Children can be living overseas when they apply, but they will need to provide a copy of their UK passport or right of residency in the UK. Families with British National (Overseas) status can apply for the new Hong Kong British National (Overseas) visa. If the visa application is successful, families who move to the UK can apply for their child to attend a UK state boarding school. All boarders from overseas must have a guardian in the UK when they arrive. In several state boarding schools, around 10-20% of boarders have an international background.

Students applying for a boarding place will be invited for a boarding interview, when the school will assess their suitability to board; places are offered shortly after the interview. This will typically take place in September and/or January in the academic year preceding entry.

If applying for a day or boarding place at a selective/grammar boarding school, such as Haberdasher's Adams, students will need to sit and pass an entrance exam set by each individual school. This will typically take place in September and/or January in the academic year preceding entry.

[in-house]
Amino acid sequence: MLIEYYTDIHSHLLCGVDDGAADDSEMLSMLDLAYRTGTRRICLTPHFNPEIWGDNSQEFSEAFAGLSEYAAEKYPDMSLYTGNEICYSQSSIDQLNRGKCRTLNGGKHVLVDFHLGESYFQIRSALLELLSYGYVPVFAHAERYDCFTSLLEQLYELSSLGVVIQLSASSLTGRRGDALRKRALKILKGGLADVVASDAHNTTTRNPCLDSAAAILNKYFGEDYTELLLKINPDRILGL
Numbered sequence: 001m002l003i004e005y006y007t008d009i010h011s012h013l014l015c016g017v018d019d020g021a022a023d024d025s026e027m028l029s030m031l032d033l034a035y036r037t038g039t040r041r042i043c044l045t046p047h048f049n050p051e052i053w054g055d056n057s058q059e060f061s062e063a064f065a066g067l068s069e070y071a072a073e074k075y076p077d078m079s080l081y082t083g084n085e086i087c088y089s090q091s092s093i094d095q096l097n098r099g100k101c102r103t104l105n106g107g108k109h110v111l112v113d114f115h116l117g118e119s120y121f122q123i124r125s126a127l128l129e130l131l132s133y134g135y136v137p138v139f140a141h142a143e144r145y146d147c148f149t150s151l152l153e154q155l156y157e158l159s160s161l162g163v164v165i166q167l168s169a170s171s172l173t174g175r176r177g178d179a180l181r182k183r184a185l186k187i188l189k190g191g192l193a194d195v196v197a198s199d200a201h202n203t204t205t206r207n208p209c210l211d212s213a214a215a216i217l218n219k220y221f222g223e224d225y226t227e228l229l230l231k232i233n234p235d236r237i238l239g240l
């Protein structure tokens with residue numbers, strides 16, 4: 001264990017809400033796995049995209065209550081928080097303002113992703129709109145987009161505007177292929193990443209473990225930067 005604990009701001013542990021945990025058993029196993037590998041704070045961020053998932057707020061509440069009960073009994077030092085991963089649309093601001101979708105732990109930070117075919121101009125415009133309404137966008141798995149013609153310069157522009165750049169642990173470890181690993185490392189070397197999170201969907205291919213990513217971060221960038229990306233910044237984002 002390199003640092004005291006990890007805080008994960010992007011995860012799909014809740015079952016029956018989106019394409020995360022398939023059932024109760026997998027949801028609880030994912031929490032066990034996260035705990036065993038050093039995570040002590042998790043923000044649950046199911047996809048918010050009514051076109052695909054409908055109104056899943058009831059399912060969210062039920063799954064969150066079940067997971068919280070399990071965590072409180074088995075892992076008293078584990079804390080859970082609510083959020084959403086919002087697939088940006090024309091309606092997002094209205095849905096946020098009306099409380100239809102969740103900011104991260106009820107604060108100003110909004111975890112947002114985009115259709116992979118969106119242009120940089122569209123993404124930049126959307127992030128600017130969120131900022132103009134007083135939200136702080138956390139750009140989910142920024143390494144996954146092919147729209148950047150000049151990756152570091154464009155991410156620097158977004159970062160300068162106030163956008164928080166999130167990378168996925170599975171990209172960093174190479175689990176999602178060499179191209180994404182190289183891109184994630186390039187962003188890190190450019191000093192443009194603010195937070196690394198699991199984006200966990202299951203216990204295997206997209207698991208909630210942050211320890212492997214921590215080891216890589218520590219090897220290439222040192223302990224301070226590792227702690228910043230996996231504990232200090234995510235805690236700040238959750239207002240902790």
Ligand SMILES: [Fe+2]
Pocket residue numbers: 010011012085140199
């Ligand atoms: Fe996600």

Day student places at non-selective state boarding schools are made through the Common Application Form (CAF) to the local authority, and students must apply in Year 6 for a Year 7 place. The deadline to submit the application is October 31 in the year preceding entry. There is often a high demand for day places at these schools, which are awarded according to the Local Authority criteria of looked-after children, siblings and distance from school. You’ll often need to be living less than two miles of the school to stand a chance of getting a place.

You will find out if you have been offered a place on National Offer Day, which is March 1 every year.

Do I need to live in the school’s catchment area in the UK?

In line with all state schools, day students do need to live in the catchment area of the school, but boarders do not.

How well do UK state boarding schools perform in GCSE/A Level results?

Several state boarding schools are high achieving and regularly outperform other state schools, with many topping academic league tables in the UK.